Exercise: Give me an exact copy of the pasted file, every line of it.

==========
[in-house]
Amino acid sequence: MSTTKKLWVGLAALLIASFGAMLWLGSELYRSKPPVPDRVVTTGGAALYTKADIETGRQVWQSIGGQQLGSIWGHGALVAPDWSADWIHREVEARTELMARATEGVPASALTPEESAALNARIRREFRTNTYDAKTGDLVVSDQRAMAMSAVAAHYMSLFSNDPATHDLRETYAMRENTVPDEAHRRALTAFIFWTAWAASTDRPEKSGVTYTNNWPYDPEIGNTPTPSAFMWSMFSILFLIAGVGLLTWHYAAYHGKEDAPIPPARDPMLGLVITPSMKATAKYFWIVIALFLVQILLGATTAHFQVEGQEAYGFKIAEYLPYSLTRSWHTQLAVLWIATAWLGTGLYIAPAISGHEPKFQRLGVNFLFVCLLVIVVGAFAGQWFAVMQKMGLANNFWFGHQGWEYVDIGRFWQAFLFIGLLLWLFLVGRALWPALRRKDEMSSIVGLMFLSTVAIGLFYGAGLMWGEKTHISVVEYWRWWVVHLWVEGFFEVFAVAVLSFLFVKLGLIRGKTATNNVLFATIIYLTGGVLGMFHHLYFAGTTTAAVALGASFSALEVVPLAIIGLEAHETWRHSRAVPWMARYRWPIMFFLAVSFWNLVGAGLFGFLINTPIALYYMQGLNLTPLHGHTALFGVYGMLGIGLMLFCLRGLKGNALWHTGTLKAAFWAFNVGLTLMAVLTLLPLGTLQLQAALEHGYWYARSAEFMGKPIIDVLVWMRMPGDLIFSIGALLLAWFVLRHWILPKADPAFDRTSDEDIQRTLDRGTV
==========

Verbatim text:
[in-house]
Amino acid sequence: MSTTKKLWVGLAALLIASFGAMLWLGSELYRSKPPVPDRVVTTGGAALYTKADIETGRQVWQSIGGQQLGSIWGHGALVAPDWSADWIHREVEARTELMARATEGVPASALTPEESAALNARIRREFRTNTYDAKTGDLVVSDQRAMAMSAVAAHYMSLFSNDPATHDLRETYAMRENTVPDEAHRRALTAFIFWTAWAASTDRPEKSGVTYTNNWPYDPEIGNTPTPSAFMWSMFSILFLIAGVGLLTWHYAAYHGKEDAPIPPARDPMLGLVITPSMKATAKYFWIVIALFLVQILLGATTAHFQVEGQEAYGFKIAEYLPYSLTRSWHTQLAVLWIATAWLGTGLYIAPAISGHEPKFQRLGVNFLFVCLLVIVVGAFAGQWFAVMQKMGLANNFWFGHQGWEYVDIGRFWQAFLFIGLLLWLFLVGRALWPALRRKDEMSSIVGLMFLSTVAIGLFYGAGLMWGEKTHISVVEYWRWWVVHLWVEGFFEVFAVAVLSFLFVKLGLIRGKTATNNVLFATIIYLTGGVLGMFHHLYFAGTTTAAVALGASFSALEVVPLAIIGLEAHETWRHSRAVPWMARYRWPIMFFLAVSFWNLVGAGLFGFLINTPIALYYMQGLNLTPLHGHTALFGVYGMLGIGLMLFCLRGLKGNALWHTGTLKAAFWAFNVGLTLMAVLTLLPLGTLQLQAALEHGYWYARSAEFMGKPIIDVLVWMRMPGDLIFSIGALLLAWFVLRHWILPKADPAFDRTSDEDIQRTLDRGTV